With several players changing sides and receivers coach Steve Spurrier Jr. calling plays for both teams Saturday, it was difficult at times to distinguish the Garnet from the Black during South Carolina’s spring game.
Adding to the confusion was the fact that quarterbacks Chris Smelley and Tommy Beecher kept throwing passes to the wrong team — the defense.
Smelley and Beecher combined for eight interceptions, giving the game a rag-tag quality and ensuring the quarterback competition would drag on through the summer.
Not surprisingly, Gamecocks coach Steve Spurrier said he would not name a starter until August, when suspended freshman Stephen Garcia could be back in the mix by successfully completing several university-imposed disciplinary requirements.
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“At some point one of the quarterbacks has to really show a strong commitment level to really want to be good,” Spurrier said. “Right now I don’t think any quarterback we have knows what really playing well is all about.”
Spurrier tweaked the format to try to create more offense following last year’s 14-7 spring snooze fest. The defenses played three coverages and were prohibited from blitzing in the 37-34 win by the Black.
While points were plentiful, two of the scores were defensive touchdowns and another came on an illegal play when walk-on receiver Scott Spurrier ran off the sideline to catch a touchdown pass from Smelley.
Despite the absence of a pass rush and six defensive starters, the quarterbacks struggled.
Smelley threw five interceptions in the first half, including three in a seven-play stretch. Beecher was only slightly better with three picks. On the lone second-half interception, Mike Newton stepped in front of a Beecher pass and returned it 82 yards for a touchdown.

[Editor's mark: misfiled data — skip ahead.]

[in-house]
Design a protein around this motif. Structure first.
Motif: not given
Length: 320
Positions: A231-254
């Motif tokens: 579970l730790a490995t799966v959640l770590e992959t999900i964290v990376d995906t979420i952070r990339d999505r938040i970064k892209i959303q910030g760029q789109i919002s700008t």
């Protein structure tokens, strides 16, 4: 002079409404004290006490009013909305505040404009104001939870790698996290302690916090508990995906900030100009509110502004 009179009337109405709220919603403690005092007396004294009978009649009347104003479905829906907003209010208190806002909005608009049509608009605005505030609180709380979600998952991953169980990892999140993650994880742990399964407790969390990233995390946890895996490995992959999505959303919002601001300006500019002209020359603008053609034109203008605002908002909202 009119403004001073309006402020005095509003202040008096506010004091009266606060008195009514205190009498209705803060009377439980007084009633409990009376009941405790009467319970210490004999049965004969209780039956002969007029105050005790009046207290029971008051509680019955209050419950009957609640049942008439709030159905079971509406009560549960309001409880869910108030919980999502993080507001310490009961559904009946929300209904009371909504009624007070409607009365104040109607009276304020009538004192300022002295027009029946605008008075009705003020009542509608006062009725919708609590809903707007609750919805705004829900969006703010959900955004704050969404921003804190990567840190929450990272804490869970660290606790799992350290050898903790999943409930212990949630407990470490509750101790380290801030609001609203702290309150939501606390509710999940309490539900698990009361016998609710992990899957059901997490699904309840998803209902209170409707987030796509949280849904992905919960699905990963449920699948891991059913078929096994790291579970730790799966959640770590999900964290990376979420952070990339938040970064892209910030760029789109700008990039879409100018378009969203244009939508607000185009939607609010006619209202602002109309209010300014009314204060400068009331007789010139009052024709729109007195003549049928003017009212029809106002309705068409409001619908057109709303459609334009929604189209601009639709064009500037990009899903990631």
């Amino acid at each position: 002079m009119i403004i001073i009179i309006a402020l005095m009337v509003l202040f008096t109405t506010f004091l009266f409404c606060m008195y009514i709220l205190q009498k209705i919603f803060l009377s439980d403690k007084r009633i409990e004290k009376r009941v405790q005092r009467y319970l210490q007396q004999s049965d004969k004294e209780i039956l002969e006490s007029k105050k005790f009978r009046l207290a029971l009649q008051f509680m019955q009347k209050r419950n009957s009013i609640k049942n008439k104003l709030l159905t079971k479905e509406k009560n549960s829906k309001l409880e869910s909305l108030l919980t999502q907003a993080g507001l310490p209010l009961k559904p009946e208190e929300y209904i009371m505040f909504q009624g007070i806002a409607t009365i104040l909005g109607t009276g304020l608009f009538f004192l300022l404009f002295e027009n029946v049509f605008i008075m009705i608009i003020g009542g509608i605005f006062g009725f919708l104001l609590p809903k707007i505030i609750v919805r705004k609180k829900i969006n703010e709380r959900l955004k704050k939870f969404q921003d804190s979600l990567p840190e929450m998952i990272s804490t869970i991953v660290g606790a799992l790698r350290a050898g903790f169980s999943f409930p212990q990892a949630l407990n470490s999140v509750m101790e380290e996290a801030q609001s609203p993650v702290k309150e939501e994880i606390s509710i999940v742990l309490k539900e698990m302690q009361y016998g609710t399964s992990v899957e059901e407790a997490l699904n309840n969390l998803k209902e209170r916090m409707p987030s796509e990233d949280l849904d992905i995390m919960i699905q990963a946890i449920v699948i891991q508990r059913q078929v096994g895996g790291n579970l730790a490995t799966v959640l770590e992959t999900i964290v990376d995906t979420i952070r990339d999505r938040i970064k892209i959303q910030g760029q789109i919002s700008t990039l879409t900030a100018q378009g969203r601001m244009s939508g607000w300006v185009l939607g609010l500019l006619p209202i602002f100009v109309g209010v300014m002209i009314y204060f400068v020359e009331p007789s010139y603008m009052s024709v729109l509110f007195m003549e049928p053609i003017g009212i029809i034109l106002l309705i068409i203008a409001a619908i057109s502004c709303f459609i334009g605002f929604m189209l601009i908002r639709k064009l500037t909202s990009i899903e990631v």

“We about set a spring game record for interceptions in the first half,” Spurrier said. “We may have set it. I don’t know what the record is.”
The quarterbacks said the interceptions were the result of bad decisions, poor throws and nice defensive plays. Spurrier said their timing was off and each “lobbed a few in the middle of coverage.”
Smelley, who was 4-2 last year as a starter, completed 13 of 30 passes for 219 yards and three touchdowns. Beecher, who will be a redshirt junior in the fall, was 9 of 20 for 131 yards and a score.
Spurrier pointed out that Blake Mitchell was 13 of 39 in last year’s spring game. “This ain’t bad compared to (that),” he said.
But it was not what either player had in mind.
“It’s definitely not a showing of what I’ve been doing this spring and what kind of quarterback I am,” Smelley said. “The good thing is it wasn’t N.C. State.”
Which quarterback will be the starter when the Wolfpack visit Williams-Brice Stadium for the Aug. 28 opener remains to be seen.
Spurrier said it would be unrealistic to think incoming freshmen Aramis Hillary and Reid McCollum could be ready after four weeks of preseason practice. Spurrier would not discuss Garcia, who spent the weekend in his hometown of Tampa, Fla.
Garcia has the pedigree: The right-hander was rated as one of the nation’s top dual-threat quarterbacks in the recruiting class of 2007.
But he has yet to take a snap in a game and was suspended for spring practice each of his first two years following run-ins with the law.
Despite their shaky performances, Beecher said he and Smelley do not plan on ceding the job to Garcia if and when he returns.
“I don’t even know what to expect from Garcia. No one’s really seen him play,” Beecher said. “I think Chris and I feel like we can grab the starting spot. I don’t feel like Garcia’s a godsend to get that first spot.”
But given the chance to grab it Saturday, both Smelley and Beecher failed to do so.
Reach Person at (803) 771-8496.